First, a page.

Assessment of serum Vaspin level in VitiligoAbstract Background: Metabolic disorders and peculiar ranges of circulating adipokines have been stated in sufferers with vitiligo Objective: The aim of this study was to investigate the differences in the correlations of vaspin plasma levels and metabolic parameters between two groups: patients with vitiligo and healthy persons. Patients and methods: We measured plasma levels of vaspin, metabolic parameters, and metabolic syndrome (MS) in 32 patients with vitiligo and 32 healthy controls (HC) subjects. Patients with vitiligo were evaluated Vitiligo Disease Activity Score (VIDA)for evaluating vitiligo activity and the Vitiligo Area Severity Index (VASI)To determine the percentage of vitiligo involvement. The Dermatology Life Quality Index (DLQI) was used to evaluate measures how much vitiligo has affected patient’s life. Body mass index (BMI), weight, waist circumference (WC), fasting glucose, and triglyceride levels Results :Among study group were statistically higher than those of the healthy controls (p Z 0.001, p ; 0.
001, p ; 0.001, p Z 0.027, and p Z 0.001 respectively). Plasma levels of vaspin were 0.
978 ng/ml in patients with vitiligo and 0.292 in the HC group (p ; 0.001).
Conclusion: Our study revealed associations between metabolic parameters /metabolic syndrome and vaspin plasma concentrations in patients with vitiligo. Vaspin can play a specific role in the pathogenesis of metabolic disorders in these subjects and can be a specific indicator substance in vitiligo.IntroductionMetabolic syndrome (MS) is a complex of interrelated risk factors for cardiovascular diseases, diabetes mellitus, and stroke. Vitiligo is an acquired depigmenting skin disease of unknown origin and multifactorial pathogenesis. There is growing evidence that vitiligo can also be related to systemic inflammatory disorders such as obesity and MS (1).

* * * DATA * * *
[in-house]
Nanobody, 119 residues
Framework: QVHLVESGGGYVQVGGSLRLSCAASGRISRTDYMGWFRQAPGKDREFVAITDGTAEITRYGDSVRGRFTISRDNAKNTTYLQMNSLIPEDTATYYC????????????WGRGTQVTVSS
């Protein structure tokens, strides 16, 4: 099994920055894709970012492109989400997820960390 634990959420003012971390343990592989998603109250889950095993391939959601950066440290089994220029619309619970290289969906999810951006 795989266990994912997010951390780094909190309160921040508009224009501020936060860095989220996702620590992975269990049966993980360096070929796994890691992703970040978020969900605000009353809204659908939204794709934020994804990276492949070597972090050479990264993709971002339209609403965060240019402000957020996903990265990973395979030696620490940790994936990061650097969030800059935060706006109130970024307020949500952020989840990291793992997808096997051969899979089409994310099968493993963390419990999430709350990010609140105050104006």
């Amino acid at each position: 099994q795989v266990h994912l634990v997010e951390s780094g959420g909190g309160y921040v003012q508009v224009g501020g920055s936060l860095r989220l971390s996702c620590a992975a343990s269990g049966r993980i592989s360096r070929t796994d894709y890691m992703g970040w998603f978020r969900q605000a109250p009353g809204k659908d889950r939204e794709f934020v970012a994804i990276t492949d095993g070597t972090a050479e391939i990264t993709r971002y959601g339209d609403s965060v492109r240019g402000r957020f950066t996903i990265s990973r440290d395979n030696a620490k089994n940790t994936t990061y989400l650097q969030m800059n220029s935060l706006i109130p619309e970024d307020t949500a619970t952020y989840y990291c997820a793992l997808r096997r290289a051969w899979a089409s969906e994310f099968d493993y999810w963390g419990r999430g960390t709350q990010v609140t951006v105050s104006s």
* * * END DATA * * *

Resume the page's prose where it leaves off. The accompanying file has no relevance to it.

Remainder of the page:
Recently, several authors have proposed the association between MetS and vitiligo(2). This hypothesis is based upon increased proinflammatory cytokines in vitiligo(3). Among the many additional hypotheses: increased homocysteine levels of vitiligo patients, lack of the anti-inflammatory effect of melanin, and direct damage from reactive oxygen radicals(4). Impairment of lipid metabolism and insulin resistance may also be associated with vitiligo(5).